NATIONAL

Korea to build second airport on Jejudo Island

By Korea Herald
  • Published : Nov 10, 2015 - 18:12
  • Updated : Nov 10, 2015 - 22:39

The South Korean government said Tuesday it plans to build a second airport on the country’s southern resort island of Jejudo to accommodate the soaring air traffic to the global tourism destination.

The new one-runway airport is slated to open by 2025 with estimated construction costs of 4.1 trillion won ($3.54 billion). 



The airport will be located in Sinsan, on the eastern side of the island between the cities of Seogwipo and Seongsan, according to the Ministry of Land, Infrastructure and Transport.

“Urgent expansion of airport infrastructure is needed as air traffic to Jejudo Island has sharply surged due to a growing demand for low-cost carrier flights and an influx of Chinese tourists,” said Seo Hoon-teak, director of the ministry’s Aviation Policy Bureau.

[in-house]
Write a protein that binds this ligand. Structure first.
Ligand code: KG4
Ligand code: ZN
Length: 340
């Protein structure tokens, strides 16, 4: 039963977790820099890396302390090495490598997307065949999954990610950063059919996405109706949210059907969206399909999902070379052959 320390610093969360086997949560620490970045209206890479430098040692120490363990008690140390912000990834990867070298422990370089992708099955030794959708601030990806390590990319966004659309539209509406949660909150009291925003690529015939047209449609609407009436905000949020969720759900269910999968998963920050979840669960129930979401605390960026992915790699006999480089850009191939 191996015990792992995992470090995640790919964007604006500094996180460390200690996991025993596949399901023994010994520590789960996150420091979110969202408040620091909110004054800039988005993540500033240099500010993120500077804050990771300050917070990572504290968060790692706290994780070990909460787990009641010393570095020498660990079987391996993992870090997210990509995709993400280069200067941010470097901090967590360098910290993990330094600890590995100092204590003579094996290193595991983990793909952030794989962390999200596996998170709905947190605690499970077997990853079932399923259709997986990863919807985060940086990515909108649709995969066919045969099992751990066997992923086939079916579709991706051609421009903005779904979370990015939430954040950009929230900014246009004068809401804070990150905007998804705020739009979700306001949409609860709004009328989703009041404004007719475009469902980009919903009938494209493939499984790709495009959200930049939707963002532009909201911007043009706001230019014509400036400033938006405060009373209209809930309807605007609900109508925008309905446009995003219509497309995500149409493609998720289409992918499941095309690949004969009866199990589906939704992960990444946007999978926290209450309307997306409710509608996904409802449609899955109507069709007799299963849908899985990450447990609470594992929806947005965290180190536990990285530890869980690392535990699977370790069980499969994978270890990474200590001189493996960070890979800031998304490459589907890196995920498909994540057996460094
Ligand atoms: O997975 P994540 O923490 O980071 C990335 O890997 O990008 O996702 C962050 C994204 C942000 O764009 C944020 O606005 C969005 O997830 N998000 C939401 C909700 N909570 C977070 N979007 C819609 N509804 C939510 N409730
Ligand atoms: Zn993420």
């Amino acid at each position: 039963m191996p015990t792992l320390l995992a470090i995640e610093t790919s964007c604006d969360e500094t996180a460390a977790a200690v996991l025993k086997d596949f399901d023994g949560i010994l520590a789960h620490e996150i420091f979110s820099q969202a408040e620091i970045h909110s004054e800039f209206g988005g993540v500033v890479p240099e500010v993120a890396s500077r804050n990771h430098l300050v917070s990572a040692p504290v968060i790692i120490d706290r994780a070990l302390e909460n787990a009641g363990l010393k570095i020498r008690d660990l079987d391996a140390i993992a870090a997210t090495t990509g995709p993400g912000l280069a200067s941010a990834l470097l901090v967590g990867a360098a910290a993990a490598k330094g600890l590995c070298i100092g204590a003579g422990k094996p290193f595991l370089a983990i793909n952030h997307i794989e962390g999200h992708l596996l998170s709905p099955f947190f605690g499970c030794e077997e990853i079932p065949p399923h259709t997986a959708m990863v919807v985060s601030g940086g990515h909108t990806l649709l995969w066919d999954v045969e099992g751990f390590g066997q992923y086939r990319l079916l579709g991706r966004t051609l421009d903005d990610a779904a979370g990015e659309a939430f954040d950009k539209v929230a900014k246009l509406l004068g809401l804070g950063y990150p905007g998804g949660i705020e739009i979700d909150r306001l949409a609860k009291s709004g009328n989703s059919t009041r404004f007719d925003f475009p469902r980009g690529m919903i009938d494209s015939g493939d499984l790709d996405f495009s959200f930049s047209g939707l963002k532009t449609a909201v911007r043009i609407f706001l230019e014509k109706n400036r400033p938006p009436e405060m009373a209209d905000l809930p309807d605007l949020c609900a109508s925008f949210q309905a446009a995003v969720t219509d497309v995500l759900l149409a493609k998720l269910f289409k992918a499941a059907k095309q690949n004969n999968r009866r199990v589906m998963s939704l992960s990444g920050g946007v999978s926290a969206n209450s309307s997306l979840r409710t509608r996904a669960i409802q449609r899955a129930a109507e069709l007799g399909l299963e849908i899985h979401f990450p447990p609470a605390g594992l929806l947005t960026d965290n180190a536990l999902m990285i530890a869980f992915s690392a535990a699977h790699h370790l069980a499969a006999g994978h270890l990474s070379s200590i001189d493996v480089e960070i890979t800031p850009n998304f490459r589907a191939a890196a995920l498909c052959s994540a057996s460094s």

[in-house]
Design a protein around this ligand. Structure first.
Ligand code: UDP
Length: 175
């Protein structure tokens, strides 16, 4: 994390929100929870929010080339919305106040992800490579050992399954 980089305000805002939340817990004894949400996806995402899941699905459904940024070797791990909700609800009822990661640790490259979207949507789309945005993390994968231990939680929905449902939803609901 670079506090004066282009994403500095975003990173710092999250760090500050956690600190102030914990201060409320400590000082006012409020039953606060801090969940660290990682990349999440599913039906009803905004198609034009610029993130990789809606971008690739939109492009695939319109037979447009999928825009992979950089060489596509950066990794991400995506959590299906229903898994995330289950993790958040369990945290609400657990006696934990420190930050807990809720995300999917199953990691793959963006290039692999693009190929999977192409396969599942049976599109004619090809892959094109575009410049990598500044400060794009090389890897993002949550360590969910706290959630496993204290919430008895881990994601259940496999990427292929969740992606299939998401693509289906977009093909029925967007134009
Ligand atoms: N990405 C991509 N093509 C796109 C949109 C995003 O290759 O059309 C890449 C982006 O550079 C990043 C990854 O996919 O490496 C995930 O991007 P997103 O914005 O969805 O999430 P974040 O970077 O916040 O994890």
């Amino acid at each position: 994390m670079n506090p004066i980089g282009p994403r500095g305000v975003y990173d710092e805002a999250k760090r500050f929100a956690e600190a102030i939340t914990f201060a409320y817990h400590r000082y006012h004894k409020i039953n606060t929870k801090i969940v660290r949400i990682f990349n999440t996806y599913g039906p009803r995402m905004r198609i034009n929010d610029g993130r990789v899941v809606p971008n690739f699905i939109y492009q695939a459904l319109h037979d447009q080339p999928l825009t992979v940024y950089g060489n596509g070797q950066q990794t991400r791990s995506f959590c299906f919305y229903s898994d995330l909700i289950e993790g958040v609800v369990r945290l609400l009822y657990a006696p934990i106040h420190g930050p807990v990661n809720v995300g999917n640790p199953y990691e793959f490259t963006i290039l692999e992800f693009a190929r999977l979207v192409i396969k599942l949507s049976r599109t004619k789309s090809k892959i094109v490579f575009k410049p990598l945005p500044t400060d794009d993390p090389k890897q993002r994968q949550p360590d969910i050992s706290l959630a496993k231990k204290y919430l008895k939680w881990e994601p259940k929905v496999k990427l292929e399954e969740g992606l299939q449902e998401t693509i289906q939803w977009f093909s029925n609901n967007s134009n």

The 4.95-square-kilometer airport, to be bigger than Jeju International Airport, will have a runway 3,200 meters long and 60 meters wide.

Opened in 1968, Jeju International Airport has served as the only aerial gateway to the island, but studies showed that its runways will be completely saturated by 2018 with the explosive growth rate in flights.

The ministry’s research forecast that the number of Jeju International Airport users will stand at 28 million in 2018 and rise to 40 million by 2025.

“After carrying out preliminary feasibility studies, we decided that Sinsan was a suitable location for the new airport by taking into account the cost, impact on the environment and public opinion,” the official said.

Previously, the government had mulled three options to expand capacities of airport infrastructure on Jejudo Island: expanding the existing airport, closing down Jeju International and building a completely new airport with two runways, or building a second airport at a separate location.

“Expanding the existing airport would incur excessive construction costs as high as 9.4 trillion won and pose bigger environmental risks as it needs to reclaim land from the sea, while closing it down entirely is opposed by residents,” the ministry said.

Construction work is expected to begin in 2018 after further feasibility studies by the ministry and detailed plans, such as for the terminal size and land compensation.

By Park Han-na (hnpark@heraldcorp.com)